I love fermented foods. Beer, mead and cider, of course, but also cheese, sauerkraut, kimchi, yogurt, pickles and I don't know what-all. Even pepperoni (not on the menu for me, I love the stuff but after a heart attack at 32 and bypass surgery at 42, red meat sausage is out of bounds) is traditionally fermented.
I say traditionally because most pepperoni these days is cured by injecting junk that will cure it. Same thing for most pickles you can buy, they soak the cukes in vinegar and let that do its preservative magic. For the record, I do not have a problem with that. Claussen dills are my favorite store-bought pickle hands down, and they're a vinegar process pickle to be sure. And I suppose that is still the magic of fermentation, acetic acid created by one fermentation process then added to cucumbers.
But for this I wanted to try my hand at old-school pickling. I could have trusted that the cukes had their own bacteria provided in their skins, but being a sucker for culture I used about a cup of brine from a jar of Bubbies as a 'mother' or starter.
I bought twelve dollars worth of pickling cukes from a farmer at City Market, added a few from our own garden and put them in my grandmother's pickle crock. My bypass surgery has me on a ten pound weight limit so I had to use my daughter as a draft horse to carry the bag of cukes I bought at the farmer's market and I had to press-gang my wife into putting the crock on the counter in the kitchen and then moving it to a corner to allow the fermentation magic to begin.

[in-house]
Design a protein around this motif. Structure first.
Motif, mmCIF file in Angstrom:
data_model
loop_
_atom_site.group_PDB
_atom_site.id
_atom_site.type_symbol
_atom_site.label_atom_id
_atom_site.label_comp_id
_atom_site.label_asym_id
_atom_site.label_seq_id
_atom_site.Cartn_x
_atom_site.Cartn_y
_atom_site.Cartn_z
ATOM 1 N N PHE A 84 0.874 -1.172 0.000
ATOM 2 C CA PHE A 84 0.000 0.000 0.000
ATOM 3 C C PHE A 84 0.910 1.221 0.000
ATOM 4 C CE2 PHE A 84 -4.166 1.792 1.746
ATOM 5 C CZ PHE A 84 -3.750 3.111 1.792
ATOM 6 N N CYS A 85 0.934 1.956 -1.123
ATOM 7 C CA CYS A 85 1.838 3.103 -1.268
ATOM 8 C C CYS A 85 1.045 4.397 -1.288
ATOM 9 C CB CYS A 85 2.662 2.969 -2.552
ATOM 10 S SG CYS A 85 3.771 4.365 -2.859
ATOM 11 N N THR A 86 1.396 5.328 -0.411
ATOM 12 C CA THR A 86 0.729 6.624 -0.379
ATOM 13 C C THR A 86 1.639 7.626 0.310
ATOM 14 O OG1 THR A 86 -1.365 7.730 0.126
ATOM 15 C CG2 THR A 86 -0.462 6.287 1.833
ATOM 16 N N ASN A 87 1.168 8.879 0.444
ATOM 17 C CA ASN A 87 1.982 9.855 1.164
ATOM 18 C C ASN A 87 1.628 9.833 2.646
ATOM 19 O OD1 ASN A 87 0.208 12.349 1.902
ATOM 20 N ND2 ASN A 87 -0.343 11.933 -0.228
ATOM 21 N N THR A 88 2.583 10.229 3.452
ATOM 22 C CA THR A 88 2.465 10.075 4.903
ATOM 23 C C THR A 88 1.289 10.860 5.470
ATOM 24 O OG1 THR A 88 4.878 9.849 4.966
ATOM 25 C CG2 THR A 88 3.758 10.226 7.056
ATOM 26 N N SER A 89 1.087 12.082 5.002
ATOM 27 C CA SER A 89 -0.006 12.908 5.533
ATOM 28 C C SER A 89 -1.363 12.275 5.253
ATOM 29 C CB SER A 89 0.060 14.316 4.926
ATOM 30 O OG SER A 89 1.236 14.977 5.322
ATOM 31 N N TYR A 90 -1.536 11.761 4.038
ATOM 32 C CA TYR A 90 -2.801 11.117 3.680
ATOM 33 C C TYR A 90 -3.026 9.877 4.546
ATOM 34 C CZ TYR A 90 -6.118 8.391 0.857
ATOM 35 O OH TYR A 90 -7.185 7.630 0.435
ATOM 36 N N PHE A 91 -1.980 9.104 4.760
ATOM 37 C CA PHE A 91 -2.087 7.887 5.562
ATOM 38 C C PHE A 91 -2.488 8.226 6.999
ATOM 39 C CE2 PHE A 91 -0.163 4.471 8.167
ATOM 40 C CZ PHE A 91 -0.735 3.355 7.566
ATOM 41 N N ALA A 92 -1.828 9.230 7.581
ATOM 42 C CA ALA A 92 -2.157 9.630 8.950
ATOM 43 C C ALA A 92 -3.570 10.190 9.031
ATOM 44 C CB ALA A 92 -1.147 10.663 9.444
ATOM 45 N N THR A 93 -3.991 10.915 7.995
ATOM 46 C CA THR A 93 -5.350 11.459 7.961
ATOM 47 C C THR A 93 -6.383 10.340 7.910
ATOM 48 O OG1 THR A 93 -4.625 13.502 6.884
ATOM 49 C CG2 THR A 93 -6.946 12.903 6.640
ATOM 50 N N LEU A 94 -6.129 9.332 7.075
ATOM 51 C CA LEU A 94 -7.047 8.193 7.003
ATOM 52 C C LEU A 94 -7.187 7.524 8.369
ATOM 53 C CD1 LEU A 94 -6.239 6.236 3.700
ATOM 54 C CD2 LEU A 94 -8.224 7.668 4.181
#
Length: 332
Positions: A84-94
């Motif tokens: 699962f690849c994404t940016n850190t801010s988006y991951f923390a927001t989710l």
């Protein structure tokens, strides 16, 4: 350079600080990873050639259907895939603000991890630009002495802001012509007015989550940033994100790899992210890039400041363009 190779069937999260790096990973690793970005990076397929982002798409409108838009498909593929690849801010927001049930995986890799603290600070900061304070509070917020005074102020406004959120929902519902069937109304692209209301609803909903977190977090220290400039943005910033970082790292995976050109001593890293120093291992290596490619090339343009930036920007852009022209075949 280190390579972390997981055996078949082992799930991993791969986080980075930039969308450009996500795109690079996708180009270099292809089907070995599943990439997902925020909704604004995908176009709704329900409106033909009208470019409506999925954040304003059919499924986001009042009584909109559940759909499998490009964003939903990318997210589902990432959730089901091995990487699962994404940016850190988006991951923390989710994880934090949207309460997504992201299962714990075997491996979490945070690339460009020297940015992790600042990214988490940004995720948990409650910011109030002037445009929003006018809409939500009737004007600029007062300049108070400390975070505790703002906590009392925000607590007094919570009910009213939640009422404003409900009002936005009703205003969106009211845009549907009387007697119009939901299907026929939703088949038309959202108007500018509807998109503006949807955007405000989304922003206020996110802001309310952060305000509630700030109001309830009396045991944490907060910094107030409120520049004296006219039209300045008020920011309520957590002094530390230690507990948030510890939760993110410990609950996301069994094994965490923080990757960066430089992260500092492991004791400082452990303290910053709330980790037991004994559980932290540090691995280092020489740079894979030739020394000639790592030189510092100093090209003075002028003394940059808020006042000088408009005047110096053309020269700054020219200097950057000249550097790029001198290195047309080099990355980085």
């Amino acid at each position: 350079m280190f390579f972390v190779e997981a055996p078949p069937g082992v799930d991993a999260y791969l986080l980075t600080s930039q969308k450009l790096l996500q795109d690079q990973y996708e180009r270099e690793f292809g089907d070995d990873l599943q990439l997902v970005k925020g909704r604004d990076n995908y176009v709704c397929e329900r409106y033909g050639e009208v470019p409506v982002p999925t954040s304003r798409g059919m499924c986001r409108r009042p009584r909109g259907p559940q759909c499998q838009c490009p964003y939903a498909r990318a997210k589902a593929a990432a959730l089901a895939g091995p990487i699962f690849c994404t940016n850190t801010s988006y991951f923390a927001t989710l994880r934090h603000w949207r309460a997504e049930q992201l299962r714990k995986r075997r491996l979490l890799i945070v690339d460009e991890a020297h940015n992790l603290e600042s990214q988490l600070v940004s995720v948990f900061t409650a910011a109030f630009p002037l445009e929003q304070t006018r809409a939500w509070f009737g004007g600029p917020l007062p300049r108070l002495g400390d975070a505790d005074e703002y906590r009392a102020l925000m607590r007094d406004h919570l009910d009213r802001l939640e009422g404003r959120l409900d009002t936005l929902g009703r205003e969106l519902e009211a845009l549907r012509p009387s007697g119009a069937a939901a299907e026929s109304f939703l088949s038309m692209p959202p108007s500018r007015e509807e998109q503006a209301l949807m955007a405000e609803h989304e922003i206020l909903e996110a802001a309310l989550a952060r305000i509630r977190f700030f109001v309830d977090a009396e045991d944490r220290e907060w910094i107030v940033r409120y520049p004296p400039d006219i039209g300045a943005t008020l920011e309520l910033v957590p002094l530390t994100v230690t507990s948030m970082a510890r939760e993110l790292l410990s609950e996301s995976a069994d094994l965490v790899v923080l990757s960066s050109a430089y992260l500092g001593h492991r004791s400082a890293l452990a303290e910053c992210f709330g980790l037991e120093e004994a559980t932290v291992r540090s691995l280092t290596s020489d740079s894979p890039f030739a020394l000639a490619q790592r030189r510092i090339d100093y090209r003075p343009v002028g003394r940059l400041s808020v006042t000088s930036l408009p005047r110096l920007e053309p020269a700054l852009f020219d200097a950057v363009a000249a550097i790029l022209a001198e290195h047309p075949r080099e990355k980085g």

A recipe? Here's what I have in my trusty kitchen notebook:
1.5 oz. McCormick Pickling Spice
6 Grape Leaves (supposed to provide tannin that will keep the pickles crisp)
2 handfuls of dill
2 jalapeños, minced
2 Thai chilis whole
5 bay leaves
1/2 cup black peppercorns
3 garlic cloves, minced
1/2 cup brine from Bubbies pickles
2-1/2 gallons water, carbon filtered to remove chlorine
1-3/4 cup pickling salt
Place all in pickling crock, cover with plate. My family crock turns out to be a perfect fit for a stoneware plate in my cabinet, some crocks come with weights that fit, but whatever you do find something to keep the cucumbers submerged. I filled a gallon zip-lock bag with brine to put on top of the plate for good measure but it was probably unnecessary. The plan is to let this ferment for three or four days at room temperature, then transfer to mason jars and refrigerate. A day later the kitchen smells like a freshly opened jar of kosher dills, so I think all is going well. Some mold may form on the surface, and that's okay, you just skim it off.